U.S. consumers continue to feel the pain of rising prices, with the Consumer Price Index (CPI) rising another 0.8% in February, on top of a 0.6% jump in January. In the 12 months ending in February 2022, the CPI rose 7.9%, the largest increase since 1982, and more increases are expected as the U.S. sanctions on Russia continue to drive up the price of gasoline and other essential goods.
“The cost to consumers is high,” said Ryan Sweet, a senior economist at Moody’s Analytics in West Chester, Pennsylvania. “However, there are also reasons to be optimistic that consumers can weather a temporary spike in gasoline prices, as household balance sheets in aggregate are in great shape. Gasoline spending as a share of total nominal consumption is low.”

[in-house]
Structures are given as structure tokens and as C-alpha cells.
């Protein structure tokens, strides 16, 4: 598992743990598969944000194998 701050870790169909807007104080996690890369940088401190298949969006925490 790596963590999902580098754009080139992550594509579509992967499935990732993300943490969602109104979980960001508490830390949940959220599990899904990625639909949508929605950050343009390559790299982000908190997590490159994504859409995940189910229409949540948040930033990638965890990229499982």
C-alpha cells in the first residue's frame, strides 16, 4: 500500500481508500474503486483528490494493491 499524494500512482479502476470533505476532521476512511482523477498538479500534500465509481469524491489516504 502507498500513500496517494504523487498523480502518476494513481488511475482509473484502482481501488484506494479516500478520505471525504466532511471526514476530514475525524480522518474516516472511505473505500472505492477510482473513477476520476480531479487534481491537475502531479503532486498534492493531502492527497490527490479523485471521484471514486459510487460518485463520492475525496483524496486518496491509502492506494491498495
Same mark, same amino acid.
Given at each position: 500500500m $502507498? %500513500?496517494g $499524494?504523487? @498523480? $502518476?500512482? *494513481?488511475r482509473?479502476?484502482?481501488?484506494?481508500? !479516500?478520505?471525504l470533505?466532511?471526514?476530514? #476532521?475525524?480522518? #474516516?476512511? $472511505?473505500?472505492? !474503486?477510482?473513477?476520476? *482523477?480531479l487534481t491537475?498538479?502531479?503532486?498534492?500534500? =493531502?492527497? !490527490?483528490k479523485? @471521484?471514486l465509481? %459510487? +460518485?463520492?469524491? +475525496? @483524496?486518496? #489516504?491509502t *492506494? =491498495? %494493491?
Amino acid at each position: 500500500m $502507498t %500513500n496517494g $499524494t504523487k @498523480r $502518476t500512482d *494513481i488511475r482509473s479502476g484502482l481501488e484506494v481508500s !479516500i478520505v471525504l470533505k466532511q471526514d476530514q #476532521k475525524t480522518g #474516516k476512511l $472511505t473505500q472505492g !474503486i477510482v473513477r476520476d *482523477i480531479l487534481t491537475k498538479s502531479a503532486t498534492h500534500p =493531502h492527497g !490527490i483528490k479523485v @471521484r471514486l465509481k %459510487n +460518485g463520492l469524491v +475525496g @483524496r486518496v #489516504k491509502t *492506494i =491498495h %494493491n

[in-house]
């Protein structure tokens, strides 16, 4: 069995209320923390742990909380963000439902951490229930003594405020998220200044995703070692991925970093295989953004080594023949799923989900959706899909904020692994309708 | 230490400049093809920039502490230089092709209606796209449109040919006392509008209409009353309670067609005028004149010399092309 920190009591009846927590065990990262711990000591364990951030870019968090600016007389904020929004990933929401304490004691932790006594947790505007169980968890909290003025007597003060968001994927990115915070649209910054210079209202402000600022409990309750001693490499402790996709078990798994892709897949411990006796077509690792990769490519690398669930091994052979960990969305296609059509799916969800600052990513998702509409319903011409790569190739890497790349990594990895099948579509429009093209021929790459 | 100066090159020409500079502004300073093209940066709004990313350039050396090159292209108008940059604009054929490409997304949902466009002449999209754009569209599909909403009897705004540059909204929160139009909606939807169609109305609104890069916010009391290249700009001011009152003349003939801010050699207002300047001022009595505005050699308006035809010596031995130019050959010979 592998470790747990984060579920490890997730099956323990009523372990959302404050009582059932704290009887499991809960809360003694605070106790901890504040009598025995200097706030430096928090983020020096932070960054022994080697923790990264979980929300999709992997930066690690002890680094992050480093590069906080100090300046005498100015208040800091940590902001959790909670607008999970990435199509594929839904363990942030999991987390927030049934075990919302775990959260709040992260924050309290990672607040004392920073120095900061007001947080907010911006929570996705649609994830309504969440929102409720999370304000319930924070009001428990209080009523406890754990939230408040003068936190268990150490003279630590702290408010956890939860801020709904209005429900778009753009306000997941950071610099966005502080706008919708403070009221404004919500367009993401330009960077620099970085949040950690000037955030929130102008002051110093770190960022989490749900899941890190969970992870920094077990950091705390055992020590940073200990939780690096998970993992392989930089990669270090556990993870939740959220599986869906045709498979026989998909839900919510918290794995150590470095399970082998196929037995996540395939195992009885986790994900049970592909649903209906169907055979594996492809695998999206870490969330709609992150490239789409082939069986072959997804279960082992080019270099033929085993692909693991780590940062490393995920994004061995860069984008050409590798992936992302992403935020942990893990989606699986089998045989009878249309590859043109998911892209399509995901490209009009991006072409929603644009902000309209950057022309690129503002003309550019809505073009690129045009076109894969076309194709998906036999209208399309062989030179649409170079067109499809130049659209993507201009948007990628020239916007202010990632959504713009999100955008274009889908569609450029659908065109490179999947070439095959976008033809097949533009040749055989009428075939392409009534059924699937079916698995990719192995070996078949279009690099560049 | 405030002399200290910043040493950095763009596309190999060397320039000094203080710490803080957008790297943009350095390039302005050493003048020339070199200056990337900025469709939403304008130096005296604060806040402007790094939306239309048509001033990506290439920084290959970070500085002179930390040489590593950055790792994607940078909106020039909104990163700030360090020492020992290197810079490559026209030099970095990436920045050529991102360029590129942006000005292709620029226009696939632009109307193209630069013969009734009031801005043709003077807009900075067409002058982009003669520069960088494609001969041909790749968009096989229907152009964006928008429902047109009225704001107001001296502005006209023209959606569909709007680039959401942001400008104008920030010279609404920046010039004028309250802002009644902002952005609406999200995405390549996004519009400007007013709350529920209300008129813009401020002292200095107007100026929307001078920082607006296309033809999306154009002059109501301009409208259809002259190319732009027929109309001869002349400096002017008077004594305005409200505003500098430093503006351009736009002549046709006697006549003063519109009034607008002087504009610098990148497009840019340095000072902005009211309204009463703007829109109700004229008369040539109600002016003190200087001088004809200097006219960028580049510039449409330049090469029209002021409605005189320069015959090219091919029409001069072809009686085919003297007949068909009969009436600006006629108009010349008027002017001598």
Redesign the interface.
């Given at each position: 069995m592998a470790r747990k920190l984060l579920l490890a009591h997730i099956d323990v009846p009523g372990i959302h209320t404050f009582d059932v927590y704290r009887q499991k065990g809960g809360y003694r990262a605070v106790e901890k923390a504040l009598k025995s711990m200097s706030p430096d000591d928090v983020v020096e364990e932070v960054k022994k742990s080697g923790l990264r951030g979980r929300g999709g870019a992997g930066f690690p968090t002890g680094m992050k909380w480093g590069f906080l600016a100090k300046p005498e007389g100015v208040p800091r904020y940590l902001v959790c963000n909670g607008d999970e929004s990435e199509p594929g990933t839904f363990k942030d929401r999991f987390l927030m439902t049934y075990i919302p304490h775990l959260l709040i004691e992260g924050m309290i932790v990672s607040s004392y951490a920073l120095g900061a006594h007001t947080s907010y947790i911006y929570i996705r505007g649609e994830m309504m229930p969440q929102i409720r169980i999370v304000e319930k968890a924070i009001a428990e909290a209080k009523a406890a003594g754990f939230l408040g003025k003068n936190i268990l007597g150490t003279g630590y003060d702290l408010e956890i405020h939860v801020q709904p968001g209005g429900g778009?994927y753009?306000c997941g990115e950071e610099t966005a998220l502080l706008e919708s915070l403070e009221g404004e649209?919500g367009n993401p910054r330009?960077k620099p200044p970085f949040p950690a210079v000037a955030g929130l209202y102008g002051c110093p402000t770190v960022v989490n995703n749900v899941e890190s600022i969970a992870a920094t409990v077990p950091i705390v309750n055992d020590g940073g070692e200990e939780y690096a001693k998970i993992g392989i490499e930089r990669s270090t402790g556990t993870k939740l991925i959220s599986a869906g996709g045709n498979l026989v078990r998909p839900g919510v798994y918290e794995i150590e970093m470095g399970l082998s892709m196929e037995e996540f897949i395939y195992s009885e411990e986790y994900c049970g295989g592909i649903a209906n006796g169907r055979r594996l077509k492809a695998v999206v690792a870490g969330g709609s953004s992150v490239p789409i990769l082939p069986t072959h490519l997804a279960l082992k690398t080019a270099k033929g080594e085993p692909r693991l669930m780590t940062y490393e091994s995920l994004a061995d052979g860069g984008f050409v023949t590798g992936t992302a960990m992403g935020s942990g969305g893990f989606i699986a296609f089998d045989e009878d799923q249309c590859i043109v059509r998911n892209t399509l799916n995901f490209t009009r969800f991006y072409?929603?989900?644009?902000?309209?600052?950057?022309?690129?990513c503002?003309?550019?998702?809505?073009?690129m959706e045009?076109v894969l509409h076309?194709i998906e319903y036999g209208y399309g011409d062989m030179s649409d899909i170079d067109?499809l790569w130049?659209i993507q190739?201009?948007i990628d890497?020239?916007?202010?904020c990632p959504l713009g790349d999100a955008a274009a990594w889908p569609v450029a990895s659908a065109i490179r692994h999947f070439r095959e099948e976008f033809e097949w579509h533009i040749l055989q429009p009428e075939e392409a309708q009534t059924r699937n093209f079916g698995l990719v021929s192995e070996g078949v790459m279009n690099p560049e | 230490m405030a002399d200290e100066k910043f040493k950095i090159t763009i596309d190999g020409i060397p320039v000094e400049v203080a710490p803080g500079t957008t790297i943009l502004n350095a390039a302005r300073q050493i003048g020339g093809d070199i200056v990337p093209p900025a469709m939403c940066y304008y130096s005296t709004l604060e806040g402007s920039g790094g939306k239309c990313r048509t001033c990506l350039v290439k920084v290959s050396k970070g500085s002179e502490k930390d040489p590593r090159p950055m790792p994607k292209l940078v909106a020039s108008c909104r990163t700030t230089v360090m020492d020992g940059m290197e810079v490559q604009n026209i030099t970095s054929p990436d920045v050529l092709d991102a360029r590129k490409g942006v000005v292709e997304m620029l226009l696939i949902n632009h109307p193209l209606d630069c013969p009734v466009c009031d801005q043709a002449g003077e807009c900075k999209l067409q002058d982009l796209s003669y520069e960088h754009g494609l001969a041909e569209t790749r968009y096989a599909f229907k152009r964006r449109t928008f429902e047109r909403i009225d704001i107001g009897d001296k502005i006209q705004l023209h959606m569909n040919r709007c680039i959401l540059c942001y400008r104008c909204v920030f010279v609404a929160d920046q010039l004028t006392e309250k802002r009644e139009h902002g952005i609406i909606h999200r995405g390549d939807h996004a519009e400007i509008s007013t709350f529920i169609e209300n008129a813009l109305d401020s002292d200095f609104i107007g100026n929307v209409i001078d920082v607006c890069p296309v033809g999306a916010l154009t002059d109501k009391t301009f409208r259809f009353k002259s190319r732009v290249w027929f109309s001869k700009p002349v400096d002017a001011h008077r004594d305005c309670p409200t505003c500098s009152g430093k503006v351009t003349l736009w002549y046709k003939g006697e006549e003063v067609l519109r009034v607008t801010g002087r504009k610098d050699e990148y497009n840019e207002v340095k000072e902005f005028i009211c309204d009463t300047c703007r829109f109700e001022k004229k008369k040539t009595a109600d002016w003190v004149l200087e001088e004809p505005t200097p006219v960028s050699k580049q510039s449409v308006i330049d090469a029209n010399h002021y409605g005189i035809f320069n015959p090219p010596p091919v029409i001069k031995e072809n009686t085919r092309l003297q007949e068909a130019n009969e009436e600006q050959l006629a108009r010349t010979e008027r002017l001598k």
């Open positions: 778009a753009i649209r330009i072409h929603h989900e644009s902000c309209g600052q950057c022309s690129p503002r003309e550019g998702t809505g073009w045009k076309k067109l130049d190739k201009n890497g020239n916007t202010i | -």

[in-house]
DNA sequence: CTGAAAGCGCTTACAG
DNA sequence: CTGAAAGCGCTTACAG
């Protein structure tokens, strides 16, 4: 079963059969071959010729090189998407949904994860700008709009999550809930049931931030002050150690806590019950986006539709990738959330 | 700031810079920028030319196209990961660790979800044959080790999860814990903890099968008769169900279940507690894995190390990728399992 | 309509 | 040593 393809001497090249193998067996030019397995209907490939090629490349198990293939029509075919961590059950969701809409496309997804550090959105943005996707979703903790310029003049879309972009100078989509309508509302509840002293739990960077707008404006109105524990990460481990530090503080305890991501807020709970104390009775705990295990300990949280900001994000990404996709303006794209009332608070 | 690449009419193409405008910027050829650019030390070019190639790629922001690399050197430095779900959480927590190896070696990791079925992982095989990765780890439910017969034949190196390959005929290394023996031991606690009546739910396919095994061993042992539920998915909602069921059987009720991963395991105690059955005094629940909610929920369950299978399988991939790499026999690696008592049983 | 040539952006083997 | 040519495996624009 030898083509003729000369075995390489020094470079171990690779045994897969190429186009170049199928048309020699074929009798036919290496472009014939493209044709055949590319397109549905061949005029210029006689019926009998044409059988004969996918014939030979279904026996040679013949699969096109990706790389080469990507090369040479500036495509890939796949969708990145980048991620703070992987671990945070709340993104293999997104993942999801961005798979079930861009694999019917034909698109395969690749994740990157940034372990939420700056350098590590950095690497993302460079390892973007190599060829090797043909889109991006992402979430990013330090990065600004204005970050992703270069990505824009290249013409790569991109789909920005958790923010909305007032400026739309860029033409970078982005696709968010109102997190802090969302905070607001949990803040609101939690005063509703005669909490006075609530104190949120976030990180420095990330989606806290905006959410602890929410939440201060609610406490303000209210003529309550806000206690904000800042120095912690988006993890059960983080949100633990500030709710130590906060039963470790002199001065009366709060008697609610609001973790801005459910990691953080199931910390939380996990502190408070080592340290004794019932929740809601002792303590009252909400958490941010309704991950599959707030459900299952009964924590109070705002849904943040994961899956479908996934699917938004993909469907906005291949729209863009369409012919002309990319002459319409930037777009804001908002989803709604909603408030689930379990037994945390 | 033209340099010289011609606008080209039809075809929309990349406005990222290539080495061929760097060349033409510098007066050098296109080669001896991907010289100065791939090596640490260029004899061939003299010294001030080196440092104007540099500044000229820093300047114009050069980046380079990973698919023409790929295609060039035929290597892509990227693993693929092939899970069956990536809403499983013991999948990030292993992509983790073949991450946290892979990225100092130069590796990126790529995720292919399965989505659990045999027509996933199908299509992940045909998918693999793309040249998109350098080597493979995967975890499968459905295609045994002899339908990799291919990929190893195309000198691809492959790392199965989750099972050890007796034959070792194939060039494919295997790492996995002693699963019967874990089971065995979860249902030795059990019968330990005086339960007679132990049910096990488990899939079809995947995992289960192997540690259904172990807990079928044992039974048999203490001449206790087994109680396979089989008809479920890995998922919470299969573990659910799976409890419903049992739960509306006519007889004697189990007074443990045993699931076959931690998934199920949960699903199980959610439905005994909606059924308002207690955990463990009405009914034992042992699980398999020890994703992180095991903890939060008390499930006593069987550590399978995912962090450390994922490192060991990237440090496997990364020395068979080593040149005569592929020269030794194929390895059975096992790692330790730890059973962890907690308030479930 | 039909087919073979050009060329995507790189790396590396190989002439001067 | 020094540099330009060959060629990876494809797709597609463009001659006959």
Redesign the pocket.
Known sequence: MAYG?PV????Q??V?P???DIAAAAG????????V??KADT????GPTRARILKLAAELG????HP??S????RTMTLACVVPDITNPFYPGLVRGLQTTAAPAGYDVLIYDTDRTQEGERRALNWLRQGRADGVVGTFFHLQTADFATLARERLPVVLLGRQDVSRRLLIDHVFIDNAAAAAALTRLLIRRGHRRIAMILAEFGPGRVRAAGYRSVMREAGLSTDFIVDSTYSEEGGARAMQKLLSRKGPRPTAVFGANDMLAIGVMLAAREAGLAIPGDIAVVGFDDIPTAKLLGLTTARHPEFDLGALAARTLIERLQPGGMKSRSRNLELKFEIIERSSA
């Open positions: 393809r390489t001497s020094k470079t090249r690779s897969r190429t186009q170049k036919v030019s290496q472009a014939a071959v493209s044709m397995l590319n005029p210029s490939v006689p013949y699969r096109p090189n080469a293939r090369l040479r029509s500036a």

February CPI data does not fully reflect the spike in oil prices following the outbreak of the war in Ukraine, with US gasoline prices averaging a record $4.318 per gallon compared with $3.469 a month ago, AAA data showed.
The Federal Reserve is expected to announce a rate hike next week in response to rising inflation, and economists are expecting as many as seven additional rate hikes through the end of 2022 as the Fed acts to keep inflationary forces in check. Soaring inflation is also wiping out wage gains, costing the average household $296.45 per month, up from $276 in January. President Joe Biden issued a statement that said in part, “As I have said from the start, there will be costs at home as we impose crippling sanctions in response to Putin’s unprovoked war, but Americans can know this, the costs we are imposing on Putin and his cronies are far more devastating than the costs we are facing.”
Overview by Don Apgar, Director, Merchant Services Advisory Practice at Mercator Advisory Group